If you’re not getting physical activity, you may be retaining fluids—but getting moving is one way you can lose water weight. “Exercise is key to promoting circulation in the body,” Palinski-Wade says. “If you sit for long periods of time, blood and fluid can pool in your lower extremities, causing fluid retention and swollen feet or ankles.” But, simply sweating is not enough to lose water pounds permanently because you’ll gain it back as soon as you rehydrate—plus, if you get too dehydrated from sweating, like when it’s very hot out, you’ll actually retain water (more on this later). Make sure you watch out for these nine subtle signs you’re drinking too much water.

Two ripe bananas.BANANAS/Shutterstock

You’re missing potassium

What to eat is just as important as what not to eat when it comes to retaining water. Eating foods that contain a lot of potassium, like bananas, tomatoes, spinach, and avocados, could help you lose excess fluid. “Potassium works along with sodium to regulate fluid balance in the body,” Palinski-Wade says. “Increasing your potassium intake by eating potassium-rich foods may help your body to shed excess water.” According to the National Institutes of Health, potassium is present in all body tissues and is required for normal cell function because of its role in maintaining intracellular fluid volume.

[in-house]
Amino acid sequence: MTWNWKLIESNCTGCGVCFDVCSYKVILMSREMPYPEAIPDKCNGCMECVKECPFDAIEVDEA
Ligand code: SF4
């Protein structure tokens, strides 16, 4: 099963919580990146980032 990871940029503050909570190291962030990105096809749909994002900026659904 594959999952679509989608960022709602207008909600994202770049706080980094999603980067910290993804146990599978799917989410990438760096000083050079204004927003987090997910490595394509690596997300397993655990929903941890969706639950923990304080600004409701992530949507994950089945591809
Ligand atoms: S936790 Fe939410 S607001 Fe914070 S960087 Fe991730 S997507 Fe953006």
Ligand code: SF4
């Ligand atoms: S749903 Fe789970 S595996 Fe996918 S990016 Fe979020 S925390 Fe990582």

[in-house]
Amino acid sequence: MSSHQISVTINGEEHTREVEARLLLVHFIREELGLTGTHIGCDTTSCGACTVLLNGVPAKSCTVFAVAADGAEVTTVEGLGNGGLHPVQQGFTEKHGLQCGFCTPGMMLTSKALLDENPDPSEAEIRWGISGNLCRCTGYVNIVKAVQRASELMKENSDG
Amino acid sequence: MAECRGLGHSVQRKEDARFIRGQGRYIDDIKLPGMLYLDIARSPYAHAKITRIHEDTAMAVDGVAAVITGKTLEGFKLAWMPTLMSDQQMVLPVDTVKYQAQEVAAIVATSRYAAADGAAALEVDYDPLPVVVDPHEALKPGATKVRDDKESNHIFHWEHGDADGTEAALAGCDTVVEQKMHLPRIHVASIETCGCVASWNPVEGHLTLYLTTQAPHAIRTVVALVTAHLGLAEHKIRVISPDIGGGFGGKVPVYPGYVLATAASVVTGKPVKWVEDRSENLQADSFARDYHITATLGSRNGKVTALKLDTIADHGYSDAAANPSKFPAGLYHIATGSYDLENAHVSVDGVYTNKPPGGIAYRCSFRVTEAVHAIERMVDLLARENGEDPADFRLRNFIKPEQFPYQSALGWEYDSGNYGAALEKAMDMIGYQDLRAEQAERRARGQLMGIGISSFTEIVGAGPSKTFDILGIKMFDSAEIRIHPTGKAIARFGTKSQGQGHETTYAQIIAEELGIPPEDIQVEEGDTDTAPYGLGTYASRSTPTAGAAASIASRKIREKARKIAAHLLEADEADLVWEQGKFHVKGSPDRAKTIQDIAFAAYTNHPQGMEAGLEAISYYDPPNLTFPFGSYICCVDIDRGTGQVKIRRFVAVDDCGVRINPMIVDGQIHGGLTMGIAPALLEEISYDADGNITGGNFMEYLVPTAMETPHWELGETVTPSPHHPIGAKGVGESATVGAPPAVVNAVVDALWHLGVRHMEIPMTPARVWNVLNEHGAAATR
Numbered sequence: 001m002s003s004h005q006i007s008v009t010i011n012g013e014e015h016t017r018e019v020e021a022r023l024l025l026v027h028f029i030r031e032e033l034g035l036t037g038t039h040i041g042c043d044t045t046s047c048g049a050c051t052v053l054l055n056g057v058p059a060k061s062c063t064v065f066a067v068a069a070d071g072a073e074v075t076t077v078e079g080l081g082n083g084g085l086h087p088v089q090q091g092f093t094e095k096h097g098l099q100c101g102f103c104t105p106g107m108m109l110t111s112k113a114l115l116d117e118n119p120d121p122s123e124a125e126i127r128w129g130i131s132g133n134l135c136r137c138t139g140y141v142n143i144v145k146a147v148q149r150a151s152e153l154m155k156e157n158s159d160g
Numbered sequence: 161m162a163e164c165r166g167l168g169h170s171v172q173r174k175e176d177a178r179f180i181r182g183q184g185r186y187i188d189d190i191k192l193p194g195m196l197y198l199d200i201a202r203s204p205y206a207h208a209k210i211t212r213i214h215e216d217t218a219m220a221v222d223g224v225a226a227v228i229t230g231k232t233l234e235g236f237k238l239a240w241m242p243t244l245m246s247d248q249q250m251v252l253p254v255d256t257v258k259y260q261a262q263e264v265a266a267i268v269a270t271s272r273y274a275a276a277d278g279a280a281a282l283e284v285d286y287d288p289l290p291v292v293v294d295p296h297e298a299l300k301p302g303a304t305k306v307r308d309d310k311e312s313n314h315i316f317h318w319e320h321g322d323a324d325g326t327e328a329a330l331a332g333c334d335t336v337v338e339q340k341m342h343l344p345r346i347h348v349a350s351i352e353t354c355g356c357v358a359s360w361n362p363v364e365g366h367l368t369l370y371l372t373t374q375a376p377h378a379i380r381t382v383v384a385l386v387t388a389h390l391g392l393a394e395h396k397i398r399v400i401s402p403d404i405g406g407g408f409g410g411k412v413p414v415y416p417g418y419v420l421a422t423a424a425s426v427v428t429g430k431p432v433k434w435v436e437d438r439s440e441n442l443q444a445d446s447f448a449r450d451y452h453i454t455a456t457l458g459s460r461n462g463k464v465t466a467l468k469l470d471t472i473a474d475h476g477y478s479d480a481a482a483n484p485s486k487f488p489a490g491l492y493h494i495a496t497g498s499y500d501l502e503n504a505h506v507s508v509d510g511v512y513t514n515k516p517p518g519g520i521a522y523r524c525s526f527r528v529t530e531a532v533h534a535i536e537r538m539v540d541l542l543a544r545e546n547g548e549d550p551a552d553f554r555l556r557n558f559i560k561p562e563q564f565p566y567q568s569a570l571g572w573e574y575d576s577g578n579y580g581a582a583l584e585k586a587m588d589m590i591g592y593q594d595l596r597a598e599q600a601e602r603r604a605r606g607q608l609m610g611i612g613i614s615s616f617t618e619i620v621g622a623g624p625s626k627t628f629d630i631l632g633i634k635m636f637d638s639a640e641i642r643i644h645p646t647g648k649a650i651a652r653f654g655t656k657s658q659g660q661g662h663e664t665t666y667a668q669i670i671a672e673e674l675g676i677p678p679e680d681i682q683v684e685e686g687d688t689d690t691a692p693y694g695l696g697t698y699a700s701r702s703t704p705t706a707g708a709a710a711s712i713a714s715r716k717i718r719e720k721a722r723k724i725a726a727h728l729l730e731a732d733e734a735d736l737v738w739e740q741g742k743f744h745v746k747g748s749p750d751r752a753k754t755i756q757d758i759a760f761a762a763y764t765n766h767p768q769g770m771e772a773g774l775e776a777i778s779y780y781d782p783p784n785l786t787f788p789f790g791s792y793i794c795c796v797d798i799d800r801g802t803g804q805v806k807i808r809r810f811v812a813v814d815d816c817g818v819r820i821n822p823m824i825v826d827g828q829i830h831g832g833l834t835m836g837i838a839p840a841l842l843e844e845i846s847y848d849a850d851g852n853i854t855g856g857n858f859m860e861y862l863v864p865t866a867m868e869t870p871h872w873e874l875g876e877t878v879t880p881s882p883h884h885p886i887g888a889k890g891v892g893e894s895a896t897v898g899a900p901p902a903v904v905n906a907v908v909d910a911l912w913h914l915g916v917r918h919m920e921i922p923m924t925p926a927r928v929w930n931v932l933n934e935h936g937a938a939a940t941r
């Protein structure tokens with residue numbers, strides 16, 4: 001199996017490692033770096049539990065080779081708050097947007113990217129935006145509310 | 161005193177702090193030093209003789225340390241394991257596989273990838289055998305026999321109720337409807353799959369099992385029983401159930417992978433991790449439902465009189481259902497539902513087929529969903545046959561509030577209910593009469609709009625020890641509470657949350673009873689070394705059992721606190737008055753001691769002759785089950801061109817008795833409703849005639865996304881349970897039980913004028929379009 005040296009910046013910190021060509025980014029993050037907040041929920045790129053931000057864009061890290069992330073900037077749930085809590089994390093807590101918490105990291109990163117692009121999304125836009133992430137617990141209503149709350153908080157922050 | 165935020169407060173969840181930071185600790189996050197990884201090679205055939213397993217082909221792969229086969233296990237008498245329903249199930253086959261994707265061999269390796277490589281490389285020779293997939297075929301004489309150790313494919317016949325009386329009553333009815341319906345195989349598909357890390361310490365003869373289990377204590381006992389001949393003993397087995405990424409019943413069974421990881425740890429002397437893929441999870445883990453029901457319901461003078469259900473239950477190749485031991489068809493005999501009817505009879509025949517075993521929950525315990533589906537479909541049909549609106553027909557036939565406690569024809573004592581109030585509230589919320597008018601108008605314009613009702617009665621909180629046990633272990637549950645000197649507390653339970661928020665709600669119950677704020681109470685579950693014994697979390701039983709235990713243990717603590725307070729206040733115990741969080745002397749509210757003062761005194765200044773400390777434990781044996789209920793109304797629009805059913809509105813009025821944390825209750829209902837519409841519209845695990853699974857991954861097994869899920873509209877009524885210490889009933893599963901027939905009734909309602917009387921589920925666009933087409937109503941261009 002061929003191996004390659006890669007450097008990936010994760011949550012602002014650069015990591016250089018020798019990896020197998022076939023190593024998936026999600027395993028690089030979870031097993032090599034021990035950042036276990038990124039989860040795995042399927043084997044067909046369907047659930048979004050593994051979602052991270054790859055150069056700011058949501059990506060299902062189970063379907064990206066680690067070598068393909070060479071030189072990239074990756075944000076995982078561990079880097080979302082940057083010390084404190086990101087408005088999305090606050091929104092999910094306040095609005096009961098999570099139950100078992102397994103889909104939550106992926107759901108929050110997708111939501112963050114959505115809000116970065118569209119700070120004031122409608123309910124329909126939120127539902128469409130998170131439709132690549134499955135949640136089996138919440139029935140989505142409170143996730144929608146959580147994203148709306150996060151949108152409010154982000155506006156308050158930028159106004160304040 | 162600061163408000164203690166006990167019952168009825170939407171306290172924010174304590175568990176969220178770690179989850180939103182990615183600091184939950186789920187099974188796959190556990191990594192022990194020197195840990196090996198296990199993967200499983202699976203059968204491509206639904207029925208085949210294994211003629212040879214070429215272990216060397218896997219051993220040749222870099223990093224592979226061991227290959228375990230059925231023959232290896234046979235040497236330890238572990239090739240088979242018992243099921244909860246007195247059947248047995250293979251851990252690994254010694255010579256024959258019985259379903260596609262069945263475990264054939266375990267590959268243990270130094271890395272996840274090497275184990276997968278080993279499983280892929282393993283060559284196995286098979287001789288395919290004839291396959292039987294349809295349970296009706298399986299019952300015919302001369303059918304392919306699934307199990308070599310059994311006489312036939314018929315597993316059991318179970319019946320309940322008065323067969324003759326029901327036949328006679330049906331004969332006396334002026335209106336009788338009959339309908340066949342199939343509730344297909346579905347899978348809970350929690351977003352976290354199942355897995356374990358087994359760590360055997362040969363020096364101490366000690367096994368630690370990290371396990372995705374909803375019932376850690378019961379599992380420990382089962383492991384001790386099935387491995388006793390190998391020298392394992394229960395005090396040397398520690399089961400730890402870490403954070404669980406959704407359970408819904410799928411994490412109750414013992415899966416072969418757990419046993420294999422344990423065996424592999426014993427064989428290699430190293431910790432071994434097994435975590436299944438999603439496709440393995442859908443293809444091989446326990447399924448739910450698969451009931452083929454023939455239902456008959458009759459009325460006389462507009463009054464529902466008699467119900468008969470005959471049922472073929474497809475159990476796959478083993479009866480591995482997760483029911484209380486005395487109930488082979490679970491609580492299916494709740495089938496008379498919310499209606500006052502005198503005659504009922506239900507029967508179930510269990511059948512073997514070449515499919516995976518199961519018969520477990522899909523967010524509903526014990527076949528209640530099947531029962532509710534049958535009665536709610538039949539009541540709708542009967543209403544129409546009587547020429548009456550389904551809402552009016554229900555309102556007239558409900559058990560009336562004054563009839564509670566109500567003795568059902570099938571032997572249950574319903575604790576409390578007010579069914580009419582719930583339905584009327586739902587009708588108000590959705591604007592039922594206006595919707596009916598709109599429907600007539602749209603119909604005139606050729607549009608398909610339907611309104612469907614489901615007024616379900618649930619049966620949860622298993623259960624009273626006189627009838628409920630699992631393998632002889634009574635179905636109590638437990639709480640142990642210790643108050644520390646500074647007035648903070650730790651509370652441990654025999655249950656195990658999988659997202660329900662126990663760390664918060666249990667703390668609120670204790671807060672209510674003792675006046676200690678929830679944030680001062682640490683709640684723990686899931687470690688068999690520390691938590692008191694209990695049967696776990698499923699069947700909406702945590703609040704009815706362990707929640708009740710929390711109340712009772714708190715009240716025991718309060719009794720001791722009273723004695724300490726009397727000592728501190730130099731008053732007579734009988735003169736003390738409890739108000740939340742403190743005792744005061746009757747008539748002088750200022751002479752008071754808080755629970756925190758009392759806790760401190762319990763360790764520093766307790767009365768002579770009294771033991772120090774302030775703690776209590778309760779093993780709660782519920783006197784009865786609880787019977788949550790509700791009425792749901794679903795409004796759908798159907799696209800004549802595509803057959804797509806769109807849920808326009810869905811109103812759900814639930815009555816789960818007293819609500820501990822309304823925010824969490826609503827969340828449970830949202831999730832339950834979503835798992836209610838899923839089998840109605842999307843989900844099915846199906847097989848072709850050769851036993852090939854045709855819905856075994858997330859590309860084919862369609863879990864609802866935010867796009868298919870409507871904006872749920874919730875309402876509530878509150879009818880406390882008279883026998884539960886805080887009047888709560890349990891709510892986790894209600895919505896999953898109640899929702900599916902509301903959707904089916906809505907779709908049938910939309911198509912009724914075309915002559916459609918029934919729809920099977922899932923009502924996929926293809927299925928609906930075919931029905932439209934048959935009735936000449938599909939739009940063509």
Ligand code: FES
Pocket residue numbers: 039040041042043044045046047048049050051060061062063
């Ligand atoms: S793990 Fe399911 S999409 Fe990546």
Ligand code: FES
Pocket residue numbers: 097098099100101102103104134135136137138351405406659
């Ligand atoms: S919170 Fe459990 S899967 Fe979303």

Lentil and green onion dish.Alp-Aksoy/Shutterstock

You’re not filling up on fiber

Foods high in fiber can help make you go—and a big part of getting rid of retained fluid is waste management. “Foods high in insoluble fiber help to add bulk to our stool, making it easier to maintain regular bowel movements,” Murphy says. Not eating enough fiber may make you constipated, contributing to bloat. Plus, a 2015 study in the Annals of Internal Medicine found that a diet high in fiber was effective for weight loss in general. According to the Academy of Nutrition and Dietetics, women should have 25 grams of fiber per day, and men 38 grams (or 21 and 30 grams respectively if you’re over 51 years old). The best source of fiber is from whole foods (not supplements), including grains, vegetables, fruit, and legumes—and here’s why fiber is so good for your health.

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You don’t drink enough water